Sunday, November 24, 2013

Shutting it Down

I came here to write my very last blog post.

This will  not be my last blog post, but I did have a bad moment recently...like an hour ago.

Allow me to explain.

Do you remember this post when I explained the ever-present inferiority complex I often find myself battling? Well it's been rearing its head more and more often lately and I'm blaming the stress fracture (which is hurting less and less each day! hooray!). Today was a bad moment. After spending most of my afternoon watching Ironman videos and putting a mere 20 minutes in on the bike I was feeling down. I've been obsessing over Ironman Louisville for the past couple of weeks which you likely know if we're friends IRL. For some reason it crept into my brain that I should go for it in 2014 instead of my original plan of 2016...which turned into 2015.

Long story short, I've asked my lovely friends and family repeatedly to talk me out of it. Tell me why I shouldn't do the Ironman! I even googled it. Nothing seemed to work, no answer was good enough. Other than the one in my head, that I couldn't do it. I wasn't fast enough or fit enough or good enough. If my love of endurance sports has taught me anything, it's that none of those things matter and more importantly, none of them are true. But what does matter and what is true is being able to convince yourself. It's ok to say you're crazy or you're slow. It's even ok to say you aren't fit enough...yet. But "I can't do it" is the recipe for self sabotage. Until you can convince yourself that the goal isn't too big, it always will be too big.

I'm not ready for the Ironman. Not yet. I desperately want to be but in the same way it took me years before a second marathon seemed reasonable I'm not going to rush another monumental goal. I'm not going to downplay Raleigh like I've been doing. Raleigh is good enough and I guarantee it will be a challenge. I spend too much time playing with comparisons. Raleigh is my race, just like every other race is. I have never raced for anyone else and it's not time to start doing it now.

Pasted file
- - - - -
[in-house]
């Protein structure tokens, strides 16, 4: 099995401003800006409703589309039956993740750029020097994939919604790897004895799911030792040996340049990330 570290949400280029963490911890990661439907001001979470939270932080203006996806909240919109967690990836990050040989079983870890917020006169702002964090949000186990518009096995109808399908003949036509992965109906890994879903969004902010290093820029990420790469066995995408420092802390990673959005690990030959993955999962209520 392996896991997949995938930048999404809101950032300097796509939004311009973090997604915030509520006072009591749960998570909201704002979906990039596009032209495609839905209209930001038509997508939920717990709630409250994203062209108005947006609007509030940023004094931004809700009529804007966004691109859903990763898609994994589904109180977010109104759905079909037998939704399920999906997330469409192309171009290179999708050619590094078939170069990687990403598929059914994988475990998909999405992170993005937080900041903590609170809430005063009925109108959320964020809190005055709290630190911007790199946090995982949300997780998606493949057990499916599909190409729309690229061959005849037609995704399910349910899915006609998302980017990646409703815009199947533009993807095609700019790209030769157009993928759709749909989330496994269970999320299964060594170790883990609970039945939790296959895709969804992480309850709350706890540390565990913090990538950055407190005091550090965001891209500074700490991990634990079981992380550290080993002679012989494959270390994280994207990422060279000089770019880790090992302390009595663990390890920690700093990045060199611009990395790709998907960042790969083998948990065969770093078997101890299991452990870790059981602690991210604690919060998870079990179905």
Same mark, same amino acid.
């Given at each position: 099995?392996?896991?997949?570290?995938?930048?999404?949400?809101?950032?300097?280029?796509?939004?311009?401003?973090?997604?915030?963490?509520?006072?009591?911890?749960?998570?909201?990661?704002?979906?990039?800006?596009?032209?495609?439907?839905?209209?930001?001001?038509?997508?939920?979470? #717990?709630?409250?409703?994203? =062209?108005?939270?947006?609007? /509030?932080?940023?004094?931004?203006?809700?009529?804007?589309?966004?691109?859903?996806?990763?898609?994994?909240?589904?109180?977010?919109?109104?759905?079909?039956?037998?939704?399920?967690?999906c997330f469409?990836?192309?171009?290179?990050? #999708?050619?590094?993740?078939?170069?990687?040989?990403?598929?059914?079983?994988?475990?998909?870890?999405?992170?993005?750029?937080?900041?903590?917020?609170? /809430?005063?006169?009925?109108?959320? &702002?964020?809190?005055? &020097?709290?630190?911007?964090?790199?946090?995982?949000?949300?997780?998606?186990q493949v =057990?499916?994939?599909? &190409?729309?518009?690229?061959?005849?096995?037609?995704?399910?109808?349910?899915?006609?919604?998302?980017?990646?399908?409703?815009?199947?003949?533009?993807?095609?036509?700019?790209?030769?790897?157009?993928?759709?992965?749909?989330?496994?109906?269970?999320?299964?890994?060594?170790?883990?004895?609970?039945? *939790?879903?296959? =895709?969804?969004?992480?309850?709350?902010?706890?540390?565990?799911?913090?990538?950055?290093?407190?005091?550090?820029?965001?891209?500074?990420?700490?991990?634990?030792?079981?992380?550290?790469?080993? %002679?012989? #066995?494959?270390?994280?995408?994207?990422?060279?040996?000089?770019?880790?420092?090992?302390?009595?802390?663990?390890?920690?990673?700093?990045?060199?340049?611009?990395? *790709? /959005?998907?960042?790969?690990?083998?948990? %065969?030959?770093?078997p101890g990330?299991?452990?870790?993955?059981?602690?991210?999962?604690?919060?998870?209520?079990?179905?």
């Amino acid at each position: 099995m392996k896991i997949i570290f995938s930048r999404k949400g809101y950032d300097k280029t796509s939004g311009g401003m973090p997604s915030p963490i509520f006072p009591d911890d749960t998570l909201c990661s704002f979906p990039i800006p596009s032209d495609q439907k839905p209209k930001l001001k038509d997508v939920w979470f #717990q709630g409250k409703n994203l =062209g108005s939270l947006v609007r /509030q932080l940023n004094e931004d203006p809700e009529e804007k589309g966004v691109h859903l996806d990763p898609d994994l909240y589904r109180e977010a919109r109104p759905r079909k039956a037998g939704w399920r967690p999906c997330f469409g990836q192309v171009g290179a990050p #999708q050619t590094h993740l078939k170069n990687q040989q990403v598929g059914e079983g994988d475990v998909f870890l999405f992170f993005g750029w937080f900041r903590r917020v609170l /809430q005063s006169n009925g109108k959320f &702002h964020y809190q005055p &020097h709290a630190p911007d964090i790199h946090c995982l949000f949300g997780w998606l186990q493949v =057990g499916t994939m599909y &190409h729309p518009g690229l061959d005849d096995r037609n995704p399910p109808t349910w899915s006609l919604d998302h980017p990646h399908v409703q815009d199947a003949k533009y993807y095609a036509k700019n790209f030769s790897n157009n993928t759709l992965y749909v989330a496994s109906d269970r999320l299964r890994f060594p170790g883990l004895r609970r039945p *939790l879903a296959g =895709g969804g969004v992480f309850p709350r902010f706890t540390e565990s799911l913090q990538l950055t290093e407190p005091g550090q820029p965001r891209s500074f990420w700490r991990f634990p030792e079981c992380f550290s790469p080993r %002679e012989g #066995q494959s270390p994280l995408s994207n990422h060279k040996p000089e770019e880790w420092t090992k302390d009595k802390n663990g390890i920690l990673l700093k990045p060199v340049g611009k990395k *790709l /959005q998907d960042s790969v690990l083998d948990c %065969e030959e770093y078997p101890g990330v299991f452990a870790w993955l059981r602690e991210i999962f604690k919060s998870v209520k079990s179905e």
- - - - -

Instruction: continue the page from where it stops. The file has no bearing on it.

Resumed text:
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The Colonel is great with me during these moments when I'm sulking that 70.3 isn't a big enough goal. That anyone can do it. That the people who are proud of doing it are all faster than me and fitter than me and better than me. They're allowed to be proud of themselves. But not me. He took me into our office/spare bedroom/Chloe the Cat's bedroom and showed me every one of my medals on my hanger. He grabbed the first one on the end and I immediately smiled. The Disney Princess Half Marathon! I told him all about the race. Talked about the trip, meeting Ali from The Biggest Loser, the humidity, pictures of Mulan, the works. He moved over to the next one. Oh. My. Gosh! The Ohio River Open Water Swim! Again, I recapped it, laughing and even feeling that drop in my stomach from remembering how I felt stepping into the water. We continued on in the same fashion, picking up a medal and me smiling and talking all about the race. I even got to reminisce on my very first 10k, how hard it felt, how fun it was to make that turn into the finish, to be the person running the longer distance race for the first time and I was happy with the memories. That is why I race. Racing is about the experience. My experience.

So I'm going to continue blogging, even if nobody reads. I'm going to continue to make a big, silly fuss over my plans and my accomplishments even if they seem small to everyone else. Even though I'm slow. Even though I'm not the most fit. Even though I'm crazy.

                                    

1 comment:

  1. I think it really needs to be said...in what world is 70.3 not big enough? Why do we feel the need to trivialize our goals/accomplishments. That's not what it's all about. It's not. There will always be someone faster, stonger, fitter but what does that matter? It's not a competition with them. When people asked me what race I am the proudest of or what my biggest accomplishment is in running I say that first mile. That was the day i did something I never thought I could do and it taught me that anything is possible. That first mile took away some of the doubt (of course there is always doubt when it comes to the unknown) and made me feel a bit invincable. I hope you recognize that you have that in you too. You can do anything you set your mind to but please just don't belittle your prior accomplishments because there are people like me who will never run marathons who think you are AMAZING!!!

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